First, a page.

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catching run time exception?

 
ankur rathi
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Why we should not catch java.lang.RunTimeException or it's sub classes???

Thanks a lot.
 
Jesper de Jong
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Because a runtime (unchecked) exception usually means that there's a bug in your program.

Usually you don't want your program to continue running if an unexpected exception happens, because it means that your program is in an undefined state, and it doesn't make much sense to keep running if the program is in an undefined state.

Some people follow a different philosophy, for example in the Spring framework, unchecked exceptions are used almost exclusively.
 
Scott Selikoff
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In a professional system though, you want to catch all exceptions on the highest level so as to present a clean error message saying something failed, often a message saying "Error, Please contact an Administrator". It doesn't do much good if customers using your system recieve a large stack trace.
 
ankur rathi
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Originally posted by Jesper de Jong:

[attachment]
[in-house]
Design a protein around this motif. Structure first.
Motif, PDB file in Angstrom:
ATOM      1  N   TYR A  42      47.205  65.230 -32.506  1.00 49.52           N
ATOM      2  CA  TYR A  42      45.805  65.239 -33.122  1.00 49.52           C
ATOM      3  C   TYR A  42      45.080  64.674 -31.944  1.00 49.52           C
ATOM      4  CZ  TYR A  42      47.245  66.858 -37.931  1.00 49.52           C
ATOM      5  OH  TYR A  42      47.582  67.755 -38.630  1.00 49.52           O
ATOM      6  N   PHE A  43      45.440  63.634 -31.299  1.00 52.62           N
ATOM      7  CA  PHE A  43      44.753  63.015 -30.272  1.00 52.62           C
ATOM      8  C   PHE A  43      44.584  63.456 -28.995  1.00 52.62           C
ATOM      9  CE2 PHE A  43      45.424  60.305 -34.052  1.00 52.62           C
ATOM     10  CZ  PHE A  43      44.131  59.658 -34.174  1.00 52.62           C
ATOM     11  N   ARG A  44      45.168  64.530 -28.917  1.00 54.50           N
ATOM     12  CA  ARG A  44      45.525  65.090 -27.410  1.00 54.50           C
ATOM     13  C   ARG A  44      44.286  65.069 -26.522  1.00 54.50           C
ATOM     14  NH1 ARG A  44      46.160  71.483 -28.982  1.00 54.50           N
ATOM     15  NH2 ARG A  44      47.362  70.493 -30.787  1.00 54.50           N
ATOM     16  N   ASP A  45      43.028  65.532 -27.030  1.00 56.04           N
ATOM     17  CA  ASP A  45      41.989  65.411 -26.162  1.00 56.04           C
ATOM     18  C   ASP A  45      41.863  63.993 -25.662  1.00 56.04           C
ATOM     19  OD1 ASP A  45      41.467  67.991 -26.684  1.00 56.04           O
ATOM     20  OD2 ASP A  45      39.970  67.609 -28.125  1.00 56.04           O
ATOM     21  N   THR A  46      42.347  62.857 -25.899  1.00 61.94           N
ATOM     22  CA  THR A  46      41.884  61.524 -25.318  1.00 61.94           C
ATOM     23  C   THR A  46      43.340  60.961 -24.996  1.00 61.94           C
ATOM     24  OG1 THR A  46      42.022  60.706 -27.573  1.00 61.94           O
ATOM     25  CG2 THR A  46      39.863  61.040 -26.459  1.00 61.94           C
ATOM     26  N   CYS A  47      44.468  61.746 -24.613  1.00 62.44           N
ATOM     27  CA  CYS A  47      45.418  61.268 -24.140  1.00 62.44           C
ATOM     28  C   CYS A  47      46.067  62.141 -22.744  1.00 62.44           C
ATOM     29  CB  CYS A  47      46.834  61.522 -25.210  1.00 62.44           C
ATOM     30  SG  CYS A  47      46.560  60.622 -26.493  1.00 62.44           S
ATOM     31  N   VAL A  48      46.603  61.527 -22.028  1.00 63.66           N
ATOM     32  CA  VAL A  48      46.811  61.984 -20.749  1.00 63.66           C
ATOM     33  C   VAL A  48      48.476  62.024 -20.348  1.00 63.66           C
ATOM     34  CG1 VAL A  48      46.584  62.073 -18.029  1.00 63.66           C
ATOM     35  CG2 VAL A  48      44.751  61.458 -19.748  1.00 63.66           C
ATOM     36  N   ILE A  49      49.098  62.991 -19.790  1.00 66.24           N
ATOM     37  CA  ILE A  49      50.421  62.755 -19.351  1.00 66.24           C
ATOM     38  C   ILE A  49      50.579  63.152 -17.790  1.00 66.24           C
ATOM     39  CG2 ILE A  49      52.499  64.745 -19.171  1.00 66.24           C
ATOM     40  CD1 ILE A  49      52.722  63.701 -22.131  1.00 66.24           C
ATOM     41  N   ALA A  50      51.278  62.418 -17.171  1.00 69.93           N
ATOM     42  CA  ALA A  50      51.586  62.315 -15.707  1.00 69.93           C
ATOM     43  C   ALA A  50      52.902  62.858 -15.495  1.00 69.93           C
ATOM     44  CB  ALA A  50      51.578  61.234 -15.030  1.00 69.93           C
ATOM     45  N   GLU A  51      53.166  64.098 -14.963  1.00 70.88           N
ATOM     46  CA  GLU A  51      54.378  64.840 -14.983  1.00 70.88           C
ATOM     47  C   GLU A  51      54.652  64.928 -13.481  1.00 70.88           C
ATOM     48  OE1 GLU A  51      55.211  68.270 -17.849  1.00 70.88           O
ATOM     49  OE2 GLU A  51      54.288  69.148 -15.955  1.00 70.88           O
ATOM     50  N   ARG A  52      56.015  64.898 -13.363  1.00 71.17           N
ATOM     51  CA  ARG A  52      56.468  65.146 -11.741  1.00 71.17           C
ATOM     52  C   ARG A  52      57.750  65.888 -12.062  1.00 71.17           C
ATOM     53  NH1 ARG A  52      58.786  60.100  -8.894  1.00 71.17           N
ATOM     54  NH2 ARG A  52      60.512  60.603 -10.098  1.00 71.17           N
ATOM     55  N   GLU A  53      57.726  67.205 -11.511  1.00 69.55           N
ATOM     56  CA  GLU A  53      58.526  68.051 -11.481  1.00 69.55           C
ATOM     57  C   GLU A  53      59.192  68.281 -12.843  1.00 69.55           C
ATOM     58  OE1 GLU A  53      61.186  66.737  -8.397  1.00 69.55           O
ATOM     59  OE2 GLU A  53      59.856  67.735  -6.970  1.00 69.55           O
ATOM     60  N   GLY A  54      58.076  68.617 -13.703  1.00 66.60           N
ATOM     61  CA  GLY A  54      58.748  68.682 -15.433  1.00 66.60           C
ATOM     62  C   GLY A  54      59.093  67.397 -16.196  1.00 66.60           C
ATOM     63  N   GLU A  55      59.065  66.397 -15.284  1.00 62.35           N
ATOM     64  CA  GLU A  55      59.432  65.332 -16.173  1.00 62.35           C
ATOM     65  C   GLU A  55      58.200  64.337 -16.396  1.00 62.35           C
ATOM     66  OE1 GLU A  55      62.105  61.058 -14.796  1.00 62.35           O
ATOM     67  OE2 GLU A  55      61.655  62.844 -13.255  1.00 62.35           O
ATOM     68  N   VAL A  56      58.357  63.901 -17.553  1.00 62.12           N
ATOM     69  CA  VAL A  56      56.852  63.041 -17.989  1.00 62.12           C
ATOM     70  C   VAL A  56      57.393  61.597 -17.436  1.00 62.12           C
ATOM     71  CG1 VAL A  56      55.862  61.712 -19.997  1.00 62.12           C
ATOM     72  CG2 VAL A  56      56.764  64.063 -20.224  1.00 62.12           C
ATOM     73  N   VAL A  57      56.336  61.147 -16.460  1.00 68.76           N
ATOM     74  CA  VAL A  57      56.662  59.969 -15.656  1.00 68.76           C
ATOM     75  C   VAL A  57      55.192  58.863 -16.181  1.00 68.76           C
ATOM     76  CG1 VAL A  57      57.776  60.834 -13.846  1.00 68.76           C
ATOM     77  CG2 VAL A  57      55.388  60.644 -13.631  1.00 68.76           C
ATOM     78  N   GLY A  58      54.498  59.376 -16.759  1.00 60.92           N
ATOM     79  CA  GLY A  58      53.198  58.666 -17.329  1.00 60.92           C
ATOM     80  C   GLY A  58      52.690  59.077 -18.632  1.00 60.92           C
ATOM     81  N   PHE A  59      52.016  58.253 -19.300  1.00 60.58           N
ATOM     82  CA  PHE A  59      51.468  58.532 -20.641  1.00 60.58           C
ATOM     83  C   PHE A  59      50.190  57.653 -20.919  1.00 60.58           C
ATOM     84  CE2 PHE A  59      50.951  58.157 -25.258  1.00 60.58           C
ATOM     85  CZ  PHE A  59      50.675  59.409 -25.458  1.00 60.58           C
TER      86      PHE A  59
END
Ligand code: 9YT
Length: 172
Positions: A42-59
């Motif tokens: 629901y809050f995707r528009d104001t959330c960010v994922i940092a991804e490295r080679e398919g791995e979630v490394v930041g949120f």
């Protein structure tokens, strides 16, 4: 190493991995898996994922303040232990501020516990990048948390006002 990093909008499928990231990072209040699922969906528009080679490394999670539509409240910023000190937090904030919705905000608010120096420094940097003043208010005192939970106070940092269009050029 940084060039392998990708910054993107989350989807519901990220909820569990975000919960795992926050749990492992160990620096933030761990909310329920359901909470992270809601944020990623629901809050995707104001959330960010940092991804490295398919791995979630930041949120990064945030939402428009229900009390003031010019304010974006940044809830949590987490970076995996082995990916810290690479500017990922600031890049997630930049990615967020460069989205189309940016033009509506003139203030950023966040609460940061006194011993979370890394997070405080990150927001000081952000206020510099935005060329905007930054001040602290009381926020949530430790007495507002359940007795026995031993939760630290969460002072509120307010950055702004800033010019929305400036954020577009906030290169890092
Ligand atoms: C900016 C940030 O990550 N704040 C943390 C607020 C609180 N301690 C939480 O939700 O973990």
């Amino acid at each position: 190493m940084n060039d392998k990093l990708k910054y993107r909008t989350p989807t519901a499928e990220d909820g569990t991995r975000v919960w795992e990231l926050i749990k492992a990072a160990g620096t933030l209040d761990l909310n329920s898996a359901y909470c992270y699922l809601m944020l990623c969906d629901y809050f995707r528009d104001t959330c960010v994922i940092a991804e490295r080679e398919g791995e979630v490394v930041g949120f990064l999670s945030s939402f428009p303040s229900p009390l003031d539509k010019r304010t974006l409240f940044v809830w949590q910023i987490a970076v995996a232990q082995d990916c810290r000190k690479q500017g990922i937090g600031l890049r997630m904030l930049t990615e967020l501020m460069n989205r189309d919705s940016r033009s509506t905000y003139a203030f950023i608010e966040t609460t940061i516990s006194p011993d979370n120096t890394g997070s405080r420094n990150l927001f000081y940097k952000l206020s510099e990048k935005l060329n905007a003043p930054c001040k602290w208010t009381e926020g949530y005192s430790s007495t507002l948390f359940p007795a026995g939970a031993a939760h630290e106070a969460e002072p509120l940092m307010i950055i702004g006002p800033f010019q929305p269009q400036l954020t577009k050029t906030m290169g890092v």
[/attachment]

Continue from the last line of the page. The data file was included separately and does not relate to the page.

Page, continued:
Because a runtime (unchecked) exception usually means that there's a bug in your program.

Usually you don't want your program to continue running if an unexpected exception happens, because it means that your program is in an undefined state, and it doesn't make much sense to keep running if the program is in an undefined state.

Some people follow a different philosophy, for example in the Spring framework, unchecked exceptions are used almost exclusively.


I agree, that they come due to programming fault. But we can't show exceptions to user???

What you say???

Thanks.
 
Jesper de Jong
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Originally posted by rathi ji:
I agree, that they come due to programming fault. But we can't show exceptions to user???

What you say???

Thanks.


Ofcourse you can and you should, see Scott's answer.
But ofcourse your software should not contain bugs that cause runtime exceptions in the first place...
 
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